Frank Shostak

Frank Shostak

Frank Shostak is an Associated Scholar of the Mises Institute. His consulting firm, Applied Austrian School Economics, provides in-depth assessments and reports of financial markets and global economies. He received his bachelor's degree from Hebrew University, master's degree from Witwatersrand University and PhD from Rands Afrikaanse University, and has taught at the University of Pretoria and the Graduate Business School at Witwatersrand University.

Articles by Frank Shostak

The Money Velocity Myth

For most financial commentators an important factor that either reinforces or weakens the effect of changes in the money supply on economic activity and prices is the “velocity of money”.

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Rising Oil Prices Don’t Cause Inflation

Gusher

A very good visual correlation between the yearly percentage change in the consumer price index (CPI) and the yearly percentage change in the price of oil seems to provide support to the popular thinking that future changes in price inflation in the US are likely to be set by the yearly growth rate in the price of oil (see first chart below).

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Central Banks’ Obsession with Price Stability Leads to Economic Instability

Card house cartoon

For most economists the key factor that sets the foundation for healthy economic fundamentals is a stable price level as depicted by the consumer price index. According to this way of thinking, a stable price level doesn’t obscure the visibility of the relative changes in the prices of goods and services, and enables businesses to see clearly market signals that are conveyed by the relative changes in the prices of goods and services.

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Money Creation and the Boom-Bust Cycle

Murray Rothbard

A Difference of Opinions, In his various writings, Murray Rothbard argued that in a free market economy that operates on a gold standard, the creation of credit that is not fully backed up by gold (fractional-reserve banking) sets in motion the menace of the boom-bust cycle.

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Two Types of Credit — One Leads to Booms and Busts

Factory Shop

In the slump of a cycle, businesses that were thriving begin to experience difficulties or go under. They do so not because of firm-specific entrepreneurial errors but rather in tandem with whole sectors of the economy. People who were wealthy yesterday have become poor today. Factories that were busy yesterday are shut down today, and workers are out of jobs.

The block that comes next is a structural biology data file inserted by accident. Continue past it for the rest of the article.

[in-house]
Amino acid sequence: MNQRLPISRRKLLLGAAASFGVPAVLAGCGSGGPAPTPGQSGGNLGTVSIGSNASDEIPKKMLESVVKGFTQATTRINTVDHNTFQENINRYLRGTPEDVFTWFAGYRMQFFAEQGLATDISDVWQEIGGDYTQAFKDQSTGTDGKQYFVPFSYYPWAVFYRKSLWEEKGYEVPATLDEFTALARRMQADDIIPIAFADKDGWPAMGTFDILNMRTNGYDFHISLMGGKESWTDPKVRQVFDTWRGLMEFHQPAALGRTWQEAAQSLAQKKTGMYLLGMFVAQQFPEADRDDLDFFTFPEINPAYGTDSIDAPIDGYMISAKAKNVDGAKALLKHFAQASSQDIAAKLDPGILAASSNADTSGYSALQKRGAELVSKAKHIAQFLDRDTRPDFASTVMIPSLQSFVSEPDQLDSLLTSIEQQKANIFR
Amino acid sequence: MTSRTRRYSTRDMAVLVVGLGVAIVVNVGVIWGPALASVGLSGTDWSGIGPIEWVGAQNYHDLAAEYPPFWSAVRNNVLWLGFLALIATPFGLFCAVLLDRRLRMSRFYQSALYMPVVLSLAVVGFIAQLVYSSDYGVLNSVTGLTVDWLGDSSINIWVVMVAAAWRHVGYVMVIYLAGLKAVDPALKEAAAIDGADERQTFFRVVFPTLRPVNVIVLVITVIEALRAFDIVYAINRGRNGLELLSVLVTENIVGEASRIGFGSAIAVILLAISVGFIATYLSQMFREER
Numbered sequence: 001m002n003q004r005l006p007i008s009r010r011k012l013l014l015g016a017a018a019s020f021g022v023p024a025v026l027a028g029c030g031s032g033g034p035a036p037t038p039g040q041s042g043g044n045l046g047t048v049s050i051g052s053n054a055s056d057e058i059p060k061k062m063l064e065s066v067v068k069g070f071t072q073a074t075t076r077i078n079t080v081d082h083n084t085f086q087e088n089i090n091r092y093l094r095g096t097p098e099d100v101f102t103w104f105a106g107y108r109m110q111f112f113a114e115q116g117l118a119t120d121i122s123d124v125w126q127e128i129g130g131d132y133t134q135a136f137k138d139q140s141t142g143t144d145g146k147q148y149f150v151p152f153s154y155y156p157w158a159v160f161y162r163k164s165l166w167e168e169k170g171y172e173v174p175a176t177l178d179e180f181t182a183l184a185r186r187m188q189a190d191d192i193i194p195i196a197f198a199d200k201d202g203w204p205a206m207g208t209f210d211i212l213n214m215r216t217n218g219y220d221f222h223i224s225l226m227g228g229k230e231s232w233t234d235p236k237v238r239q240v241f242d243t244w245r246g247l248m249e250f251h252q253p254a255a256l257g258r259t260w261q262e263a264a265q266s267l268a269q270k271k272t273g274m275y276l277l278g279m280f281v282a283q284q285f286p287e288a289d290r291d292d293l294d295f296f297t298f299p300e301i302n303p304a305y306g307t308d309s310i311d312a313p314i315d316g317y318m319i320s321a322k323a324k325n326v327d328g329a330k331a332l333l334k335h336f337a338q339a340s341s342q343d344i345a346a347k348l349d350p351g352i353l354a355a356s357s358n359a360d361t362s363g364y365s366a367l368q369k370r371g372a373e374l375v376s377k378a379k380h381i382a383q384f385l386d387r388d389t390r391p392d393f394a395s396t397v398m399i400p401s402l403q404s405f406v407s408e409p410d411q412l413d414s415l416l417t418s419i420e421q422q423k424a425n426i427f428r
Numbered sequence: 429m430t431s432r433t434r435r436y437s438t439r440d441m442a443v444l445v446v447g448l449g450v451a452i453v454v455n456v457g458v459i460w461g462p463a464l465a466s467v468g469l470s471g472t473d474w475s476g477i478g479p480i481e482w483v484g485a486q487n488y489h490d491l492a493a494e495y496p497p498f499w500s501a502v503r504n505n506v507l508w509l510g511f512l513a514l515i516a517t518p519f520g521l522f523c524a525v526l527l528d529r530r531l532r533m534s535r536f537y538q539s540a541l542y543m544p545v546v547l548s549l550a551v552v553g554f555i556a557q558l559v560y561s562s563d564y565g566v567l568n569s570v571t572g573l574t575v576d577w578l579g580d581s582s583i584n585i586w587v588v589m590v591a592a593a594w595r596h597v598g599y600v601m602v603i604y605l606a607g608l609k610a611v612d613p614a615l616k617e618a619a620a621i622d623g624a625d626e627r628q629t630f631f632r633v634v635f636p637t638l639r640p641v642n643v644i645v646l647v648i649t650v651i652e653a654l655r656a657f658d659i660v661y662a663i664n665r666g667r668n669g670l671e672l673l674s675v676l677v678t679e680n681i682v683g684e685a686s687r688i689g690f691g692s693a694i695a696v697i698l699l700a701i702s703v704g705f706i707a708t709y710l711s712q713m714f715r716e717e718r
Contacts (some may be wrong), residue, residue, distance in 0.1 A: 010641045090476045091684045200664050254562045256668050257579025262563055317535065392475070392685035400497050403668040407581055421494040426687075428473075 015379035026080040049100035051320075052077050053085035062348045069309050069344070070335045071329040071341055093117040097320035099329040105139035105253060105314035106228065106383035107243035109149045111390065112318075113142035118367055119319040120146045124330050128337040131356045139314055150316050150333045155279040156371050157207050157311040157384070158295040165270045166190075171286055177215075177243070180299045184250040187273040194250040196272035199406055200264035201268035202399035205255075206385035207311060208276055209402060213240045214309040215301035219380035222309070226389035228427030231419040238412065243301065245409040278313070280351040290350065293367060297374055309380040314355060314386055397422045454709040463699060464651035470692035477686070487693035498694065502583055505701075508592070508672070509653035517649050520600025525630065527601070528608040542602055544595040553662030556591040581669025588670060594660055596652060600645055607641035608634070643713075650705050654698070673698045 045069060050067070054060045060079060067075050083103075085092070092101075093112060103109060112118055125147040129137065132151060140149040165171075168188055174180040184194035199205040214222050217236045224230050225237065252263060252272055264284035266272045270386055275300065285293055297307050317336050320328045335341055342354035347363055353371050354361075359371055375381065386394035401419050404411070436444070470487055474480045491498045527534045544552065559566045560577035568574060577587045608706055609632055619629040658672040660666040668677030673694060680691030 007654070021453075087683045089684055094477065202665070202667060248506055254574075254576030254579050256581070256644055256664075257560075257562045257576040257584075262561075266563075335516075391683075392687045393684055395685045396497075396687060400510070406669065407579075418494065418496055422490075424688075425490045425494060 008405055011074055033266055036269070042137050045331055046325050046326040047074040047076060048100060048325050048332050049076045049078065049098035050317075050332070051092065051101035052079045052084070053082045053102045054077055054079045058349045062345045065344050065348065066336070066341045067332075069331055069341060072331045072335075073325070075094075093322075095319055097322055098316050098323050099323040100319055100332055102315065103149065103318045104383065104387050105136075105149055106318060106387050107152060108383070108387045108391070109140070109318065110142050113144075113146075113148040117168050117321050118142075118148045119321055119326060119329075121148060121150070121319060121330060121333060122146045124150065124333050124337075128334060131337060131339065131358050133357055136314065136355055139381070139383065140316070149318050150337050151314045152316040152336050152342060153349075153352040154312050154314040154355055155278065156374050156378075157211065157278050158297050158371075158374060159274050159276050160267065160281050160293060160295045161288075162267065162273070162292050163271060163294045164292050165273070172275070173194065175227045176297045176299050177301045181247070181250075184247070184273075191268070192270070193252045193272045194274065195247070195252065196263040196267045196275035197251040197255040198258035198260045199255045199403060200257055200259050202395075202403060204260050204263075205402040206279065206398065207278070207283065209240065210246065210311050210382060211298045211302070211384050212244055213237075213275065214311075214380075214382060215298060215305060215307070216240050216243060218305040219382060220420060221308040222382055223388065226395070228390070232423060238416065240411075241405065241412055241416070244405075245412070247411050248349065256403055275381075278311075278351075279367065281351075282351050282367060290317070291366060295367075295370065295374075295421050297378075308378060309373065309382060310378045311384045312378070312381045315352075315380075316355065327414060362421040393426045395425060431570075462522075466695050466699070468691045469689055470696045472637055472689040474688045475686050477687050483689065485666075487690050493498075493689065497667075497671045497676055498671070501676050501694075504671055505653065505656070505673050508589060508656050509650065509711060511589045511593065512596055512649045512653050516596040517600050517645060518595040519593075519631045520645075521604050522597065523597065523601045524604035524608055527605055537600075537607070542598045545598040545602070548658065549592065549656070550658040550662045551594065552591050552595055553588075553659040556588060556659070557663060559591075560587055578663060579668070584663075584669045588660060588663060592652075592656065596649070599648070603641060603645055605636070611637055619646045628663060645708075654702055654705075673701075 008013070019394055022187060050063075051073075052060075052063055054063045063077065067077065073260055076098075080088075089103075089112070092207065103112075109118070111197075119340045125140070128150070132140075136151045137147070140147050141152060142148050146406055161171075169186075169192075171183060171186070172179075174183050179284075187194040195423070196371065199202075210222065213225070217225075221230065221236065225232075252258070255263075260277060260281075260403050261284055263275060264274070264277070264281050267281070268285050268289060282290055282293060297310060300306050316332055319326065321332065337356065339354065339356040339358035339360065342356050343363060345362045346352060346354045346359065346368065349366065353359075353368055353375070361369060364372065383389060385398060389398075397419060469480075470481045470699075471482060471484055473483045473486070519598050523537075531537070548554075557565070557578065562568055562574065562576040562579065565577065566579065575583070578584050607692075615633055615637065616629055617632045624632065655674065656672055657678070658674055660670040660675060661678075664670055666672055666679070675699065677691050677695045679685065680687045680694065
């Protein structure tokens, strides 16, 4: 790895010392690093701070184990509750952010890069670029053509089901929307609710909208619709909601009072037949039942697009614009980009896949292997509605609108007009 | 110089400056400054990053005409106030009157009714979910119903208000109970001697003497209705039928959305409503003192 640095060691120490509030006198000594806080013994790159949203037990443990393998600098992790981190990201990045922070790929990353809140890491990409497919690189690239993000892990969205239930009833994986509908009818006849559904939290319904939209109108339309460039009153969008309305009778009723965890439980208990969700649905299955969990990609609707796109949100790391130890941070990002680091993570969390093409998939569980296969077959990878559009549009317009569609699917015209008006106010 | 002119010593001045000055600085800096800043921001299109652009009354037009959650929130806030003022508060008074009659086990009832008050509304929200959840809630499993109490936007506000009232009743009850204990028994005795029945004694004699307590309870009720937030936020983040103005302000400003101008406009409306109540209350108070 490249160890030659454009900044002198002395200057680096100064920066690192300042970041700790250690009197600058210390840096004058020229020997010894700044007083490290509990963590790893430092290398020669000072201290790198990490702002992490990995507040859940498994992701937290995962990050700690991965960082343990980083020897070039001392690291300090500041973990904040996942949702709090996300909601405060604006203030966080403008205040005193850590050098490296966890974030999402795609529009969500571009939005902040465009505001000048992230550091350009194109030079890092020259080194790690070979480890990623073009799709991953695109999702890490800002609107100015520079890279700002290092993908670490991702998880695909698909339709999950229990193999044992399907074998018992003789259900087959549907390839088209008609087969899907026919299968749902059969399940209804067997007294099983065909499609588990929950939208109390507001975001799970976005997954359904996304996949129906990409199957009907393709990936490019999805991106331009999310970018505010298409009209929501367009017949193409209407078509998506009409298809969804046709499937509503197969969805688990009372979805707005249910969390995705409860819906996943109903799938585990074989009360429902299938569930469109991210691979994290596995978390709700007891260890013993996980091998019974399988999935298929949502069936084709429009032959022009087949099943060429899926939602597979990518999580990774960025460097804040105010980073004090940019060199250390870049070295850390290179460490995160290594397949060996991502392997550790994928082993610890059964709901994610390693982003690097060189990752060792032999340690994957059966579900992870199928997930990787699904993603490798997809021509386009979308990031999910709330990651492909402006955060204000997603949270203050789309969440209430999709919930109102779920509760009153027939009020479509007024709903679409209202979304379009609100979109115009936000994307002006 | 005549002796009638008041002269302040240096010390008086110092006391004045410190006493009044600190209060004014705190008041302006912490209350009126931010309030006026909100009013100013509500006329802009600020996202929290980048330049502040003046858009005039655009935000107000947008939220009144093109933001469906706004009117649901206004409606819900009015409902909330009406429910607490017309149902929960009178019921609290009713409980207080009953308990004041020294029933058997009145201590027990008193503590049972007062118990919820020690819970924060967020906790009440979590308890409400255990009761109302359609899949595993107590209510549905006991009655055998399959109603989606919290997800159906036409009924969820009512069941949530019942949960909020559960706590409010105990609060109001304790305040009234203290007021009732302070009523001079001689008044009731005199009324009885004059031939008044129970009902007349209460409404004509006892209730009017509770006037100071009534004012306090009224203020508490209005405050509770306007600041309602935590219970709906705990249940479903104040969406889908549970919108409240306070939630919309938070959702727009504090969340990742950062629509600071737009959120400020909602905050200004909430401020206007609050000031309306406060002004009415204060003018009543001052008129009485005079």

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Is there a Savings Glut?

Bakers and Work

In his speech at the New York Federal Reserve of New York on October 5, 2016, the Federal Reserve Vice Chairman Stanley Fischer has suggested that a visible decline in the natural interest rate in the US could be on account of the world glut of saving. According to Fischer, both increased saving and reduced investments have potentially significantly lowered the natural rate of interest.

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Does the UK Need Even More Stimulus?

“We are all Keynesians now, so let’s get fiscal.” This is one view according to Ambrose Evans-Pritchard from The Telegraph who believes the time is right for the UK government to loosen its fiscal stance. He suggests that the “Bank of England has done everything possible under the constraints of monetary orthodoxy to cushion the Brexit shock. It is now up to the British government to save the economy, and the sooner the better,” — argues the economics editor of The Telegraph.

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Deflation Is Always Good for the Economy

“Experts” Assert that Inflation is an Agent of Economic Growth. For most experts, deflation, which they define as a general decline in prices of goods and services, is bad news since it generates expectations for a further decline in prices.

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Why a “Dollar” Should Only Be a Name for a Unit of Gold

Once Upon a Time… Prior to 1933, the name “dollar” was used to refer to a unit of gold that had a weight of 23.22 grains. Since there are 480 grains in one ounce, this means that the name dollar also stood for 0.048 ounce of gold. This in turn, means that one ounce of gold referred to $20.67.

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If the UK Economy Tanks, Don’t Blame Brexit

If the process of wealth generation is currently in good shape then Britain’s exit from the EU shouldn’t have any negative effect on real economic growth. This, however, might not be the case.
It is likely that the reckless monetary policy of central banks in the UK and the eurozone has inflicted a severe damage to the process of real wealth formation.

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With Fiat Money, Everything Is Relative

  What Determines a Currency’s Value? At the end of March the price of the euro in terms of US dollars closed at 1.1378. This was an increase of 4.7 percent from February when it increased by 0.3 percent. The yearly growth rate of the price of the eu…

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